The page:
Coronavirus Updates April 6
Guidance on Facemasks
- Vermonters wear cloth facial masks, or coverings, if they need to leave their homes for essential purposes. This advice is based on new data about how COVID-19 can spread before a person has any symptoms.
- Because people may have COVID-19 but no symptoms, wearing a face mask may help keep people from spreading the virus. Face coverings are not a substitute for physical distancing and other prevention measures.
- It is important that medical-grade masks be reserved for our health care workers and first responders.
Continued Social Distancing and Hand Washing are Essential
Dr. Mark Levine stressed that the most effective way to slow the virus’s spread is to continue to follow the Governor’s Stay Home, Stay Safe Order, respect social distancing, and be vigilant in regularly washing hands and not touching your face. The sacrifices Vermonters are making is beginning to show promising results in slowing the spread, but we must keep up the good work for quite a bit longer to keep us all healthy and safe in the future.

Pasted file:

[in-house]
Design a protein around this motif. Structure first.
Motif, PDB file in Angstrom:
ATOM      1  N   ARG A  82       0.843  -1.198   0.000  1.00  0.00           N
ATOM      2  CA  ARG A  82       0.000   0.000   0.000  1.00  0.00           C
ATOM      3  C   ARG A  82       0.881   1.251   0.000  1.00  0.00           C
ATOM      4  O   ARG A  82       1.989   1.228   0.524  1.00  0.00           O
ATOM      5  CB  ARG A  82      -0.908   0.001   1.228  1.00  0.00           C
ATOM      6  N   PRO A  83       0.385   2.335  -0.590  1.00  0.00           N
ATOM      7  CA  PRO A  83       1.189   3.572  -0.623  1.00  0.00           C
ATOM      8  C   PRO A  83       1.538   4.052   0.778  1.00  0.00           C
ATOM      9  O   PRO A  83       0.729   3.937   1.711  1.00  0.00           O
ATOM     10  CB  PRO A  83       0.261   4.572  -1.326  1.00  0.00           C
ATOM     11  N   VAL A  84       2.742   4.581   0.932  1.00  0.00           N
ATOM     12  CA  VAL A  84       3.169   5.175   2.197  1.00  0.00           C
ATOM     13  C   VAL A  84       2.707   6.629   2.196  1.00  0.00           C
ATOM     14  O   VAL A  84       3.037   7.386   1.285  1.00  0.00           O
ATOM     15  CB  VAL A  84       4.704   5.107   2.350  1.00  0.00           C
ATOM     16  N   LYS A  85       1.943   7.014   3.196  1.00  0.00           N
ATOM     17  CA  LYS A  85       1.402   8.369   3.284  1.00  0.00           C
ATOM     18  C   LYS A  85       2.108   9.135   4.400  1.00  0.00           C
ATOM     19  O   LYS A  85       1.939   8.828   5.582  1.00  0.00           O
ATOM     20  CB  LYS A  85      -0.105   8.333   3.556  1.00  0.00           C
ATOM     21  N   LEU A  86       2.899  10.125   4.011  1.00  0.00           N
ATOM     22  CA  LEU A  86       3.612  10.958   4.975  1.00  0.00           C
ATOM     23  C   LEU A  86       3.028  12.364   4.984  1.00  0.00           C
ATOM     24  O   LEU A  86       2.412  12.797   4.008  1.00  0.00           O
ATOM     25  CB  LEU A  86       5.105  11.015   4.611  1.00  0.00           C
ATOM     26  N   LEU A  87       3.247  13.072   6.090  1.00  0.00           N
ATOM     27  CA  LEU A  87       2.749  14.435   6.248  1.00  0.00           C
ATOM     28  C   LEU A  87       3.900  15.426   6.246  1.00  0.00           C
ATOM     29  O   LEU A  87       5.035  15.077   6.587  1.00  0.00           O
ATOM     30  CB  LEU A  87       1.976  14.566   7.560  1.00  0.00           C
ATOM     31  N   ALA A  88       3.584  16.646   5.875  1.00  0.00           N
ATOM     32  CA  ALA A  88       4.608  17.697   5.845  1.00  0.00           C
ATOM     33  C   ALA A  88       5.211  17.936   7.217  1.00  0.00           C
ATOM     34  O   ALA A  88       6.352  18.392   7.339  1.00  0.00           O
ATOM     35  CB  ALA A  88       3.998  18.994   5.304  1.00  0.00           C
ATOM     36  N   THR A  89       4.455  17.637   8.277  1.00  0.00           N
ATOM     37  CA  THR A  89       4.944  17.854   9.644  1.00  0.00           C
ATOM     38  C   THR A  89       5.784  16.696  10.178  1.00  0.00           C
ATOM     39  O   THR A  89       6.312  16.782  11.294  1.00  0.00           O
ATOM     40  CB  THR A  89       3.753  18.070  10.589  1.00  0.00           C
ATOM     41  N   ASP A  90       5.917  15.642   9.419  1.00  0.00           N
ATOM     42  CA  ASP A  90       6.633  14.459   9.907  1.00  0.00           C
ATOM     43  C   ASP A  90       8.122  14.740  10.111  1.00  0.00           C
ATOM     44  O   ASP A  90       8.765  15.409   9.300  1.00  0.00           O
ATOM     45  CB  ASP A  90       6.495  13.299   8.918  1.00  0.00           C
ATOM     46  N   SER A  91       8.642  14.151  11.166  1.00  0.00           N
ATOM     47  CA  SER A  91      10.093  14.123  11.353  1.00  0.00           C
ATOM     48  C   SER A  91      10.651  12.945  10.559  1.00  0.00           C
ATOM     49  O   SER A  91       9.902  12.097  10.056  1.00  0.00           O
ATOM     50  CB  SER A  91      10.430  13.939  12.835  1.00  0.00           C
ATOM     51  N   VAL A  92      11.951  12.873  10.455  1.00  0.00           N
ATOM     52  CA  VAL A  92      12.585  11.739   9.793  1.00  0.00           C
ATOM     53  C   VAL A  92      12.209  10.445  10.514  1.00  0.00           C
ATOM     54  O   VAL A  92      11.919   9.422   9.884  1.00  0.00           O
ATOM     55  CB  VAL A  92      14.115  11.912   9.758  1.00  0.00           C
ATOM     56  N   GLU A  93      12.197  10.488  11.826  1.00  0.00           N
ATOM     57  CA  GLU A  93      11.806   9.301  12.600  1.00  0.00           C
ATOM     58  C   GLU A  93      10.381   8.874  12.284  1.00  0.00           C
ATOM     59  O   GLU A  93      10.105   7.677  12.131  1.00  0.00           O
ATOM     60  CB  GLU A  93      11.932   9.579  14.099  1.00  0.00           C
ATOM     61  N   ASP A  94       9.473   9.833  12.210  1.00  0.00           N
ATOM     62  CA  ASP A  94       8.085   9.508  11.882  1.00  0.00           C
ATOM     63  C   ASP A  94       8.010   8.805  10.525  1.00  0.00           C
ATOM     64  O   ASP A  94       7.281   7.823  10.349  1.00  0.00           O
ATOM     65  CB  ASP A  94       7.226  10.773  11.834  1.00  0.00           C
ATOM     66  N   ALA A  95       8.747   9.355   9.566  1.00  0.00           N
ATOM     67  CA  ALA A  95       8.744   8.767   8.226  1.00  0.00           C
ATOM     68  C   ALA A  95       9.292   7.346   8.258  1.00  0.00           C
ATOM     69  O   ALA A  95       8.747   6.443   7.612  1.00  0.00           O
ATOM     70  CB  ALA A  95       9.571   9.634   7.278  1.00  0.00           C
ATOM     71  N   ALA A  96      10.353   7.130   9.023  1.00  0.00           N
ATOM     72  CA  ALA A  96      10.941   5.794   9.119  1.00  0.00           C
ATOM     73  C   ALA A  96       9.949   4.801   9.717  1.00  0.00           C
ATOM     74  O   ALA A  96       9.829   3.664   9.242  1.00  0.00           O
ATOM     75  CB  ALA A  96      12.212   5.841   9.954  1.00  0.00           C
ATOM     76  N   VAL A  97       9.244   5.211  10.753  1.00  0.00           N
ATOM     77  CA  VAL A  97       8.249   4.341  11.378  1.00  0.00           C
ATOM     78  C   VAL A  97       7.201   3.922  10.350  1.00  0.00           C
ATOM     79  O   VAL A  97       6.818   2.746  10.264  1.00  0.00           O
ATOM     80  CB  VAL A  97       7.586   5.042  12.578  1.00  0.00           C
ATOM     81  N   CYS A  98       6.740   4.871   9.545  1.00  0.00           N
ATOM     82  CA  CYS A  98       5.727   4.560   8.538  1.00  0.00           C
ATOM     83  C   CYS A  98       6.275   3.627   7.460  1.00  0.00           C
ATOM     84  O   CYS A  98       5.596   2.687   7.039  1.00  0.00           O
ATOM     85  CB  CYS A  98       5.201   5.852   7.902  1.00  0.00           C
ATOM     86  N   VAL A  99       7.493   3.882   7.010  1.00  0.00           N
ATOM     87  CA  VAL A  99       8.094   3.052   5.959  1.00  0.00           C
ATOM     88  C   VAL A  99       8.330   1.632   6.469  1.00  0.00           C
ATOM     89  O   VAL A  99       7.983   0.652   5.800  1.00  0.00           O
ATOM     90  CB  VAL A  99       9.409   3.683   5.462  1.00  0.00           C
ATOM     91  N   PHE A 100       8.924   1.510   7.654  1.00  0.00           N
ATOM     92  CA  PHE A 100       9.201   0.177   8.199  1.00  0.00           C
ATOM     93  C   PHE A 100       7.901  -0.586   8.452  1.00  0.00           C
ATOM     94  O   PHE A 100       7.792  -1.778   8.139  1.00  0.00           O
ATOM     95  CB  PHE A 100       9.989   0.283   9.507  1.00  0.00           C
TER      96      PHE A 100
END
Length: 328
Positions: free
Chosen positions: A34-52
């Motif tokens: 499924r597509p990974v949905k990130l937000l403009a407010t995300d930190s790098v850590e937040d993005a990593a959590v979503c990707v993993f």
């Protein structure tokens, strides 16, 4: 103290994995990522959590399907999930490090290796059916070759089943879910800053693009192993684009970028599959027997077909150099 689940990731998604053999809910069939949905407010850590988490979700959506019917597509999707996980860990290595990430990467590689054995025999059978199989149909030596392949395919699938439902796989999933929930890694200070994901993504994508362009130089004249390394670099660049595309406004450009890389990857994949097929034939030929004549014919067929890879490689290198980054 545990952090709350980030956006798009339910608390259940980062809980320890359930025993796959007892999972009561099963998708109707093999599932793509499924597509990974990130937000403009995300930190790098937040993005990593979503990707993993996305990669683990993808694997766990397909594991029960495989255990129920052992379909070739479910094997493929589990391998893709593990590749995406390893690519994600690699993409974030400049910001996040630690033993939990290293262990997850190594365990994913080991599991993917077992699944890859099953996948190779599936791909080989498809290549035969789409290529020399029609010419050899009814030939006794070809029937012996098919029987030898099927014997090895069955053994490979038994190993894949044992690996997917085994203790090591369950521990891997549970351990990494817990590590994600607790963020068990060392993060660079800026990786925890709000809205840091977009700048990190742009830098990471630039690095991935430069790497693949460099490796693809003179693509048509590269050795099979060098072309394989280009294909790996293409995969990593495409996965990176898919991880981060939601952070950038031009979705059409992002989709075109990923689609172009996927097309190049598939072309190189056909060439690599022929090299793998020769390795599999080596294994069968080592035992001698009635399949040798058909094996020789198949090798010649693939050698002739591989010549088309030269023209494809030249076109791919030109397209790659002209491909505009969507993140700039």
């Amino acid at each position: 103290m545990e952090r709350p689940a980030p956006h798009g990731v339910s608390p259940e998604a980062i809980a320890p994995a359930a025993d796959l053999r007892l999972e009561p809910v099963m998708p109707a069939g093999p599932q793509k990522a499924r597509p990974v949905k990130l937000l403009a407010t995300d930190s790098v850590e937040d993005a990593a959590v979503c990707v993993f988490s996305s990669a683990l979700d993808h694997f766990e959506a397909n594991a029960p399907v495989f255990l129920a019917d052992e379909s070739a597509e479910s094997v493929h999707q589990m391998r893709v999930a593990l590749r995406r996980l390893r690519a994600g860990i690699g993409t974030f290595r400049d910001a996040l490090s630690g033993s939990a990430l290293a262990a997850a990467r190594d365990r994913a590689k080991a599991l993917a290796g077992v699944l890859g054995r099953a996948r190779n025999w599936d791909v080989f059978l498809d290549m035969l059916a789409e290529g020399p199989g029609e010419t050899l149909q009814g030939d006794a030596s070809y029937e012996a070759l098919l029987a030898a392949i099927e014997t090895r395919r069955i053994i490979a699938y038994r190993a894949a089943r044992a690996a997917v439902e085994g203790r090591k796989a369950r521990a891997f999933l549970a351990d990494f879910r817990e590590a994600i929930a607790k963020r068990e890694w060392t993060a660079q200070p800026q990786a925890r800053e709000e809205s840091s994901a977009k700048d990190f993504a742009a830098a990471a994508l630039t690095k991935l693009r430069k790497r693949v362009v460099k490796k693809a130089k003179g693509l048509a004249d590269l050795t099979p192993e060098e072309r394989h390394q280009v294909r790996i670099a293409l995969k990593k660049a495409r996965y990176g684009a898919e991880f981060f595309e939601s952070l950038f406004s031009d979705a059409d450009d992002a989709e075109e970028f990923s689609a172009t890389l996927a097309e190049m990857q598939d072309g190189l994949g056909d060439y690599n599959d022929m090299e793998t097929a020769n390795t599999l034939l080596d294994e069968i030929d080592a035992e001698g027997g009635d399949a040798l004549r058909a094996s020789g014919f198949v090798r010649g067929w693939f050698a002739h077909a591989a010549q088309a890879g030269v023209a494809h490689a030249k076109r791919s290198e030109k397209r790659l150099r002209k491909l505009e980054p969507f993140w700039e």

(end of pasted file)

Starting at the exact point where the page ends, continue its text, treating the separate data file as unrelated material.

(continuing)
How to Enjoy the Outdoors Safely
The Agency of Natural Resources provided new guidance Friday, April 3, for how Vermonters can get outside and enjoy the fresh air safely:
- Stay close to home. Find areas close you can walk or bike to. If you must drive, please limit the distance from home to 10 miles, and only drive with members of your household. DO NOT INVITE PEOPLE INTO YOUR HOME THAT DOESN’T LIVE THERE.
- Practice social distancing while outside. You lower your risk when you stay at least 6 ft. apart from others. This includes having your dog on a leash and close to you.
- Be cautious and choosing low-risk activities to avoid injury. This will help lower the burden on our hospitals and health care system.
- Respect signs for closed areas, trails and land. Check www.Trailfinder.info to see if your trail is currently open before you visit.
Everyone must have a referral from their provider in order to be tested.
|Positive test results*||389|
|Total tests conducted||5,228|
|People being monitored||102|
|People who have completed monitoring||705|